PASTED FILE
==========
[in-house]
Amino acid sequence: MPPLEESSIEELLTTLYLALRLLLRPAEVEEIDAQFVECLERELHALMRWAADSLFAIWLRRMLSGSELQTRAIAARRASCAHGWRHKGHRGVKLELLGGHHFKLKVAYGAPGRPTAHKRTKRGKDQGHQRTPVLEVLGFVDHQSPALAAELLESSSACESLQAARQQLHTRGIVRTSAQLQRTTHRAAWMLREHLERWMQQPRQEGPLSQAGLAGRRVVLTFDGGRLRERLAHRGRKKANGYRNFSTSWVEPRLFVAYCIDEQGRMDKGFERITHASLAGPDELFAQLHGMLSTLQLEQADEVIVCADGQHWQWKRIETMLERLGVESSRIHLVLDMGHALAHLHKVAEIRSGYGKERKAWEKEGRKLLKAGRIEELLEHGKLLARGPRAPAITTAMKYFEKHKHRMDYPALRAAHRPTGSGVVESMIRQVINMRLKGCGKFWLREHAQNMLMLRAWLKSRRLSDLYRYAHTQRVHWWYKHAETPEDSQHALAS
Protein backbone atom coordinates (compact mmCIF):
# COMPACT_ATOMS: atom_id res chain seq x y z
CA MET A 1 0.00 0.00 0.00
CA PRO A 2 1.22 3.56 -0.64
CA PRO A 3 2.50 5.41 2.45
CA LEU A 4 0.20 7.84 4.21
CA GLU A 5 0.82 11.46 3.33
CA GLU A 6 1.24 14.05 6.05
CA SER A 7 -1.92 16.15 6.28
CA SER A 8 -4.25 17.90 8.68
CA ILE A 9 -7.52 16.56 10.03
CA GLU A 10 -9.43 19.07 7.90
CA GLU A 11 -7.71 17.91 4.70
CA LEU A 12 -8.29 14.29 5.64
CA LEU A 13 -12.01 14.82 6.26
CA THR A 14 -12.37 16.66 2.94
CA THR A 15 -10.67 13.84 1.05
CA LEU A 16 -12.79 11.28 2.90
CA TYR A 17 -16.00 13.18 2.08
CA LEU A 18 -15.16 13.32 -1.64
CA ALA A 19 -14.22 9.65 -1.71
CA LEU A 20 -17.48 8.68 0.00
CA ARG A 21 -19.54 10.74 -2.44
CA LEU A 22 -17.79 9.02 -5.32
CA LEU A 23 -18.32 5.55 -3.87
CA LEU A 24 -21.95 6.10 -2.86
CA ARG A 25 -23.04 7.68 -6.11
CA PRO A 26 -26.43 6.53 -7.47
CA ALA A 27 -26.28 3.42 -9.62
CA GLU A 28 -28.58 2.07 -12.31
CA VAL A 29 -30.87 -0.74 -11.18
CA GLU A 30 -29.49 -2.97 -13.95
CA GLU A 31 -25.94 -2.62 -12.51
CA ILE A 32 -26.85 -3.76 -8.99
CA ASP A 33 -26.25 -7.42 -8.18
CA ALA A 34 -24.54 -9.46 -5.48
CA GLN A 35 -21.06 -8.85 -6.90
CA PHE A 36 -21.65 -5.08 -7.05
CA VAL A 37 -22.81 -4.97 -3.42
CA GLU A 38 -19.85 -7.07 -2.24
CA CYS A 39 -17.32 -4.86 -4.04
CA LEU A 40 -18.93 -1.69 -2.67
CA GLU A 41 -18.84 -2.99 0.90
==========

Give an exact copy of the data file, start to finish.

[in-house]
Amino acid sequence: MPPLEESSIEELLTTLYLALRLLLRPAEVEEIDAQFVECLERELHALMRWAADSLFAIWLRRMLSGSELQTRAIAARRASCAHGWRHKGHRGVKLELLGGHHFKLKVAYGAPGRPTAHKRTKRGKDQGHQRTPVLEVLGFVDHQSPALAAELLESSSACESLQAARQQLHTRGIVRTSAQLQRTTHRAAWMLREHLERWMQQPRQEGPLSQAGLAGRRVVLTFDGGRLRERLAHRGRKKANGYRNFSTSWVEPRLFVAYCIDEQGRMDKGFERITHASLAGPDELFAQLHGMLSTLQLEQADEVIVCADGQHWQWKRIETMLERLGVESSRIHLVLDMGHALAHLHKVAEIRSGYGKERKAWEKEGRKLLKAGRIEELLEHGKLLARGPRAPAITTAMKYFEKHKHRMDYPALRAAHRPTGSGVVESMIRQVINMRLKGCGKFWLREHAQNMLMLRAWLKSRRLSDLYRYAHTQRVHWWYKHAETPEDSQHALAS
Protein backbone atom coordinates (compact mmCIF):
# COMPACT_ATOMS: atom_id res chain seq x y z
CA MET A 1 0.00 0.00 0.00
CA PRO A 2 1.22 3.56 -0.64
CA PRO A 3 2.50 5.41 2.45
CA LEU A 4 0.20 7.84 4.21
CA GLU A 5 0.82 11.46 3.33
CA GLU A 6 1.24 14.05 6.05
CA SER A 7 -1.92 16.15 6.28
CA SER A 8 -4.25 17.90 8.68
CA ILE A 9 -7.52 16.56 10.03
CA GLU A 10 -9.43 19.07 7.90
CA GLU A 11 -7.71 17.91 4.70
CA LEU A 12 -8.29 14.29 5.64
CA LEU A 13 -12.01 14.82 6.26
CA THR A 14 -12.37 16.66 2.94
CA THR A 15 -10.67 13.84 1.05
CA LEU A 16 -12.79 11.28 2.90
CA TYR A 17 -16.00 13.18 2.08
CA LEU A 18 -15.16 13.32 -1.64
CA ALA A 19 -14.22 9.65 -1.71
CA LEU A 20 -17.48 8.68 0.00
CA ARG A 21 -19.54 10.74 -2.44
CA LEU A 22 -17.79 9.02 -5.32
CA LEU A 23 -18.32 5.55 -3.87
CA LEU A 24 -21.95 6.10 -2.86
CA ARG A 25 -23.04 7.68 -6.11
CA PRO A 26 -26.43 6.53 -7.47
CA ALA A 27 -26.28 3.42 -9.62
CA GLU A 28 -28.58 2.07 -12.31
CA VAL A 29 -30.87 -0.74 -11.18
CA GLU A 30 -29.49 -2.97 -13.95
CA GLU A 31 -25.94 -2.62 -12.51
CA ILE A 32 -26.85 -3.76 -8.99
CA ASP A 33 -26.25 -7.42 -8.18
CA ALA A 34 -24.54 -9.46 -5.48
CA GLN A 35 -21.06 -8.85 -6.90
CA PHE A 36 -21.65 -5.08 -7.05
CA VAL A 37 -22.81 -4.97 -3.42
CA GLU A 38 -19.85 -7.07 -2.24
CA CYS A 39 -17.32 -4.86 -4.04
CA LEU A 40 -18.93 -1.69 -2.67
CA GLU A 41 -18.84 -2.99 0.90